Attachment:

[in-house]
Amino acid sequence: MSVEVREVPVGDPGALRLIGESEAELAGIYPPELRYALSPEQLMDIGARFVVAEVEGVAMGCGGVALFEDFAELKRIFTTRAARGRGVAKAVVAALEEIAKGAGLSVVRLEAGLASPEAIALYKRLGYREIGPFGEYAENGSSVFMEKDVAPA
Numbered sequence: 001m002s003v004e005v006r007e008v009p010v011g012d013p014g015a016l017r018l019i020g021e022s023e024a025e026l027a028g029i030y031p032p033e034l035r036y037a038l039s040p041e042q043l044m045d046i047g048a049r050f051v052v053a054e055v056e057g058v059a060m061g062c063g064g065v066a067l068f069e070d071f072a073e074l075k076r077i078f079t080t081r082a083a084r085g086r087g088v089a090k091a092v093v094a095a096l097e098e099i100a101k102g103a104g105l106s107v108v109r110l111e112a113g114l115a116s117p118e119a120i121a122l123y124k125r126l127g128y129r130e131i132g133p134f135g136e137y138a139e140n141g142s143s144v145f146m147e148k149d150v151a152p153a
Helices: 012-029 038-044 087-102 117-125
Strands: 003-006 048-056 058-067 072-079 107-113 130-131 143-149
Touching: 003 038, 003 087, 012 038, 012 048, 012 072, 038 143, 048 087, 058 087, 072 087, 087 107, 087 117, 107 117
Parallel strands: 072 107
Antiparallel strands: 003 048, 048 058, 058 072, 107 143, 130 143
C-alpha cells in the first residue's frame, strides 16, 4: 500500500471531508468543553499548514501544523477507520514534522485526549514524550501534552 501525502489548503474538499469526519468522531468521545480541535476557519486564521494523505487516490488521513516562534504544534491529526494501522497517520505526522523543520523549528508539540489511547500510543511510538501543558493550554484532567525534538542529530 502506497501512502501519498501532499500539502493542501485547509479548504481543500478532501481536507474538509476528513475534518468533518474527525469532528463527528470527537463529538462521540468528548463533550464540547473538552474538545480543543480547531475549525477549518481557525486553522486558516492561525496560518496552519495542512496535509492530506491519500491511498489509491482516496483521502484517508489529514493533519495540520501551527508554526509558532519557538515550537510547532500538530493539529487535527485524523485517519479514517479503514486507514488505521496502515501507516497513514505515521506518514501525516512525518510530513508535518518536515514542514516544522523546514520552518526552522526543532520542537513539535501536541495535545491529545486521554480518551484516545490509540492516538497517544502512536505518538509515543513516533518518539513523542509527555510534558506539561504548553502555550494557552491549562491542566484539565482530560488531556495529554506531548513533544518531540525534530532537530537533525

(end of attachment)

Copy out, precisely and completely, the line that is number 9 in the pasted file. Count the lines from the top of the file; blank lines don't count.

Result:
C-alpha cells in the first residue's frame, strides 16, 4: 500500500471531508468543553499548514501544523477507520514534522485526549514524550501534552 501525502489548503474538499469526519468522531468521545480541535476557519486564521494523505487516490488521513516562534504544534491529526494501522497517520505526522523543520523549528508539540489511547500510543511510538501543558493550554484532567525534538542529530 502506497501512502501519498501532499500539502493542501485547509479548504481543500478532501481536507474538509476528513475534518468533518474527525469532528463527528470527537463529538462521540468528548463533550464540547473538552474538545480543543480547531475549525477549518481557525486553522486558516492561525496560518496552519495542512496535509492530506491519500491511498489509491482516496483521502484517508489529514493533519495540520501551527508554526509558532519557538515550537510547532500538530493539529487535527485524523485517519479514517479503514486507514488505521496502515501507516497513514505515521506518514501525516512525518510530513508535518518536515514542514516544522523546514520552518526552522526543532520542537513539535501536541495535545491529545486521554480518551484516545490509540492516538497517544502512536505518538509515543513516533518518539513523542509527555510534558506539561504548553502555550494557552491549562491542566484539565482530560488531556495529554506531548513533544518531540525534530532537530537533525